Interview with CNBC
Interview with Philip R. Lane, Member of the Executive Board of the ECB, conducted by Steve Liesman on 27 August 2020 and broadcast on 27 August 2020
27 August 2020
The eurozone fell a little bit less than the United States in the first quarter, fell a little bit more in the second quarter. I’m talking about GDP. Tell us where you think the eurozone is right now when it comes to recovery and where you think it’s going.
What we’ve seen over the summer is more or less in line with our baseline projections. So in our baseline – like everywhere – the second quarter was going to be the worst quarter. By the way, within the second quarter, the worst month would have been April. We’ve had a very big fall in output, but also week by week, the recovery is happening. But let me emphasise that there’s still a long way to go. In terms of growth rates, we think the third quarter is going to see quite a strong growth rate, but the growth rate doesn’t mean so much in this world where you follow two quarters of very negative performance, it’s going to take a number of quarters of positive performance to get back to where we were. Our baseline was built around that once the economy was unlocked there would be some recovery, but the reality is that while we still have to manage this virus in terms of social distancing and other restrictions, there’s not going to be a return to normal levels of economic activity for a considerable period.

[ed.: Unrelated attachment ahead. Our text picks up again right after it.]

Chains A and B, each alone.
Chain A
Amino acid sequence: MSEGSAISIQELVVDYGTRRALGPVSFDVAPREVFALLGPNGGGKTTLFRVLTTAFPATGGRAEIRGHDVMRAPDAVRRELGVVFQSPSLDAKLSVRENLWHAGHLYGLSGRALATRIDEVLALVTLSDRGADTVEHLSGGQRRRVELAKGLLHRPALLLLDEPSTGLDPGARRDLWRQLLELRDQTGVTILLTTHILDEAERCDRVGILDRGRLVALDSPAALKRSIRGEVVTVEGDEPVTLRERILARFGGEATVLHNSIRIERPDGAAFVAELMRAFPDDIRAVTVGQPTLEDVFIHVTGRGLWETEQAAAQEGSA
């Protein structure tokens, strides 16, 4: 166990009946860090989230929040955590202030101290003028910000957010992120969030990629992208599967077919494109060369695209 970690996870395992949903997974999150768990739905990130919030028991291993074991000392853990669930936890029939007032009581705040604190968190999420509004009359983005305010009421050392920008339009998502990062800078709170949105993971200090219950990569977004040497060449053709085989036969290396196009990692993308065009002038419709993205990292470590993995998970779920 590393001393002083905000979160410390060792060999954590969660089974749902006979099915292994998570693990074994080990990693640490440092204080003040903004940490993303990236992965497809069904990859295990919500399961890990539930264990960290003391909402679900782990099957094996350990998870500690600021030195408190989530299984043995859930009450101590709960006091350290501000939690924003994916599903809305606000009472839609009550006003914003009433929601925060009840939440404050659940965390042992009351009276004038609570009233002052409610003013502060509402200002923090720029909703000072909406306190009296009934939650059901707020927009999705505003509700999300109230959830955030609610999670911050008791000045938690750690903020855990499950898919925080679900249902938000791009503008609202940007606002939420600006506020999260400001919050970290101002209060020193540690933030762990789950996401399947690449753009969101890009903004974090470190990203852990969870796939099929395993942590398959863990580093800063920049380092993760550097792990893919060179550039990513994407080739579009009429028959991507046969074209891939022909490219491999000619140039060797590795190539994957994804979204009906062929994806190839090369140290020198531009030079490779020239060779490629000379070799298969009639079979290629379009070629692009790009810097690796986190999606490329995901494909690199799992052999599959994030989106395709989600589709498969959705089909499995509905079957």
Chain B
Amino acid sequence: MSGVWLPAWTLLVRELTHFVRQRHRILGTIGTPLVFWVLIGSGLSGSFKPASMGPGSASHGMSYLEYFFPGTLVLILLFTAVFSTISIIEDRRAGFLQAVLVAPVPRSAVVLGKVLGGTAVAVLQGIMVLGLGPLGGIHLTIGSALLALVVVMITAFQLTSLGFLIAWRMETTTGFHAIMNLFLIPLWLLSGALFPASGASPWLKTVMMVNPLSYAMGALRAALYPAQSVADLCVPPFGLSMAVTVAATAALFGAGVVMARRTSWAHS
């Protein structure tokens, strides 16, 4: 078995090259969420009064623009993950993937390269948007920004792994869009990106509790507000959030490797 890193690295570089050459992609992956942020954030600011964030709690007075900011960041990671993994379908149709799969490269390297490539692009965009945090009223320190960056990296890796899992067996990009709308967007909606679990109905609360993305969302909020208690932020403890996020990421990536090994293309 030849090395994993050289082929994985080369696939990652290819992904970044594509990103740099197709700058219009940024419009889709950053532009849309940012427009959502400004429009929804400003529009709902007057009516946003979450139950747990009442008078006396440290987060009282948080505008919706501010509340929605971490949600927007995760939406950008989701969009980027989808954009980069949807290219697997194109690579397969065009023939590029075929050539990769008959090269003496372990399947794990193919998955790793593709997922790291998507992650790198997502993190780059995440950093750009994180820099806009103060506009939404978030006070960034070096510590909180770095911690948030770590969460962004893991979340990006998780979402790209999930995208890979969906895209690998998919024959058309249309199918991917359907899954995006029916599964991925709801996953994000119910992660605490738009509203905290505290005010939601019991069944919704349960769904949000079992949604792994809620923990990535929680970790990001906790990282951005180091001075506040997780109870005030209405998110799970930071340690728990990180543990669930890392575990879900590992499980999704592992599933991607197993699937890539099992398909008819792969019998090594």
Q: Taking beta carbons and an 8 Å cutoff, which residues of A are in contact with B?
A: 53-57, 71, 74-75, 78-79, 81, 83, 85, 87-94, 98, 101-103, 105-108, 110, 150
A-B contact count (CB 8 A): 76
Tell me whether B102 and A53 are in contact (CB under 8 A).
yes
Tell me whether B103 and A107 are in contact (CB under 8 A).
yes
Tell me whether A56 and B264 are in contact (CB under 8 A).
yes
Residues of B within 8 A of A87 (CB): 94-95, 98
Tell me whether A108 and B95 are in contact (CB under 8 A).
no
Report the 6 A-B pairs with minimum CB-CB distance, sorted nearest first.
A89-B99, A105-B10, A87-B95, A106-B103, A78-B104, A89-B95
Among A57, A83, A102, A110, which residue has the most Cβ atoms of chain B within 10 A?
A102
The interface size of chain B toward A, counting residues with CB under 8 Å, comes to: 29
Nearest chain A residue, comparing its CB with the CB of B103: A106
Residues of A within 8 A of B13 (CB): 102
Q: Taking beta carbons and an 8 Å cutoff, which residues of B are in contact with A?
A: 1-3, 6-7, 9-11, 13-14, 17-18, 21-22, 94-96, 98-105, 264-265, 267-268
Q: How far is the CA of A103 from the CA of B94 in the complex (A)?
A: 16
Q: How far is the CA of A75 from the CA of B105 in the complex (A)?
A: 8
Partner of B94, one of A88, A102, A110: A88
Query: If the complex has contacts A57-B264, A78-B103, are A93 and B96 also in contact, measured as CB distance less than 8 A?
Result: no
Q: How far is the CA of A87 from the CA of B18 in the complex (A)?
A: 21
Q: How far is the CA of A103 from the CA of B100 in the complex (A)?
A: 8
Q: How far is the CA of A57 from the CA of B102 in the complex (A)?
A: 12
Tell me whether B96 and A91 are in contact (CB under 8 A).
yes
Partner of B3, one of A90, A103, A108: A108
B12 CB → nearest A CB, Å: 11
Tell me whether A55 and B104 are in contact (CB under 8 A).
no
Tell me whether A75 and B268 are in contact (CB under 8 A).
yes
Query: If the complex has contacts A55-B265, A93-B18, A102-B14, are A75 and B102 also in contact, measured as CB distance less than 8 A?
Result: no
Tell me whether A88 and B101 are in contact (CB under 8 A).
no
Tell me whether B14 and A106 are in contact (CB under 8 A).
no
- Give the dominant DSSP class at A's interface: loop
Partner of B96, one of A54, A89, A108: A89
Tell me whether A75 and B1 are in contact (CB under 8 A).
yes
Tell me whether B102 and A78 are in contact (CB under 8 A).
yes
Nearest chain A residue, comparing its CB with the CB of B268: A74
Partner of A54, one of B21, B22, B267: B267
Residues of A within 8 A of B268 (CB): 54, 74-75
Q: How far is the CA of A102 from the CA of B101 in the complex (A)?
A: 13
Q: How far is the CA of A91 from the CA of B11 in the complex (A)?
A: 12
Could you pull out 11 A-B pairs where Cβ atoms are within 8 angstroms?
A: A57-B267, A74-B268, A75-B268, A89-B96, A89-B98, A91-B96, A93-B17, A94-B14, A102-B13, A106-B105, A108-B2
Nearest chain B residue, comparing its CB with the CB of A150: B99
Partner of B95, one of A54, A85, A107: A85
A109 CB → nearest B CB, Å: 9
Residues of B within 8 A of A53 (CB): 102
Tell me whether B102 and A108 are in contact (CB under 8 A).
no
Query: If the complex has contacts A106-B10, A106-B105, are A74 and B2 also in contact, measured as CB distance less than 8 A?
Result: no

There was a good spurt of growth that you had, with numbers actually outperforming earlier this summer. Now you’ve had a bit of a return of the virus. Are you starting to be more pessimistic about what’s going to happen in the fall?
I think our baseline was based on a concept of bumpiness; that we would have zigs and zags, that it was not going to be the case that the dynamic of managing the pandemic would be perfectly linear, where progress is made and maintained. The study of past pandemics shows that essentially you’re going to have localised outbreaks recurrently. The big challenge now is to make sure that these outbreaks are dealt with promptly, in as localised a manner as makes sense in order to avoid a generalised lockdown. You would think that this is what we expected, but of course the more the authorities can really make sure that the virus is contained as much as possible, that’s the most important policy objective for the economy.
Philip, just two more questions here. Is the European Central Bank prepared to do more? And if so, what more could it do? It’s already created a very large loan fund and already is at negative interest rates. Is there more in the ECB’s arsenal? Is it prepared to use it?
We signalled all along that we’re absolutely standing ready as needed, so we’ve made a lot of policy moves between March and June and we stand ready to do more as needed. I think what you may have come to learn in these months is that central banks have a lot of capability. Even in this world where interest rates are low or negative, there’s a lot that we central banks can do. This is not to say the central banks can solve all the problems. We have a very limited role compared to fiscal policy in this environment. But within our mandate, within our remit, I would not be concerned about the room for action. We can definitely step up as needed.